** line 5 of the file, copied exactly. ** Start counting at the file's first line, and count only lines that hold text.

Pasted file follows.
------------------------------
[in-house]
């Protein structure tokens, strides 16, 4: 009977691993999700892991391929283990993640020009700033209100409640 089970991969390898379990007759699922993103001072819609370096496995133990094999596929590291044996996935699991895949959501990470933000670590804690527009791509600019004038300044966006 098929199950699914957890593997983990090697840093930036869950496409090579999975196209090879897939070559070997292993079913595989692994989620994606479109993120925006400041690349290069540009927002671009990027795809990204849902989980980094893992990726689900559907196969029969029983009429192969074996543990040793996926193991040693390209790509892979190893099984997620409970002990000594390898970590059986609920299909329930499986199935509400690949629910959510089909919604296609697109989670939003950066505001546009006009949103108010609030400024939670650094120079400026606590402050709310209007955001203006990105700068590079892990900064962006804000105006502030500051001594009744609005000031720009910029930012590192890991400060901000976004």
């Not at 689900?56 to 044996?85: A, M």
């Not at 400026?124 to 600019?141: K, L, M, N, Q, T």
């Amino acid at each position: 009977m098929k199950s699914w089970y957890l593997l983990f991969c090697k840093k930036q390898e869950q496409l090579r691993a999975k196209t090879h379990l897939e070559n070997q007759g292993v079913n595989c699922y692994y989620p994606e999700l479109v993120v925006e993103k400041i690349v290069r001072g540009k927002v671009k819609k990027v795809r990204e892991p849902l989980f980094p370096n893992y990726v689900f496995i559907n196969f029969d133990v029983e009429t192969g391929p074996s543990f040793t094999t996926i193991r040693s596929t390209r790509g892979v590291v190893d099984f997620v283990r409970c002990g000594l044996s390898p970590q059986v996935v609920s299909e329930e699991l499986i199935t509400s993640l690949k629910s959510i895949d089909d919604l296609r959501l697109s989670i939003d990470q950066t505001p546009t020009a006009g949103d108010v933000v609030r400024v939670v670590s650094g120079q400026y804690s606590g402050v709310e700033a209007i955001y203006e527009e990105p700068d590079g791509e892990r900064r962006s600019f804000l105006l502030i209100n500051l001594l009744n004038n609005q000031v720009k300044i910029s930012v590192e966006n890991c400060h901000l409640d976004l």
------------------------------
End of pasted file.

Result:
């Amino acid at each position: 009977m098929k199950s699914w089970y957890l593997l983990f991969c090697k840093k930036q390898e869950q496409l090579r691993a999975k196209t090879h379990l897939e070559n070997q007759g292993v079913n595989c699922y692994y989620p994606e999700l479109v993120v925006e993103k400041i690349v290069r001072g540009k927002v671009k819609k990027v795809r990204e892991p849902l989980f980094p370096n893992y990726v689900f496995i559907n196969f029969d133990v029983e009429t192969g391929p074996s543990f040793t094999t996926i193991r040693s596929t390209r790509g892979v590291v190893d099984f997620v283990r409970c002990g000594l044996s390898p970590q059986v996935v609920s299909e329930e699991l499986i199935t509400s993640l690949k629910s959510i895949d089909d919604l296609r959501l697109s989670i939003d990470q950066t505001p546009t020009a006009g949103d108010v933000v609030r400024v939670v670590s650094g120079q400026y804690s606590g402050v709310e700033a209007i955001y203006e527009e990105p700068d590079g791509e892990r900064r962006s600019f804000l105006l502030i209100n500051l001594l009744n004038n609005q000031v720009k300044i910029s930012v590192e966006n890991c400060h901000l409640d976004l």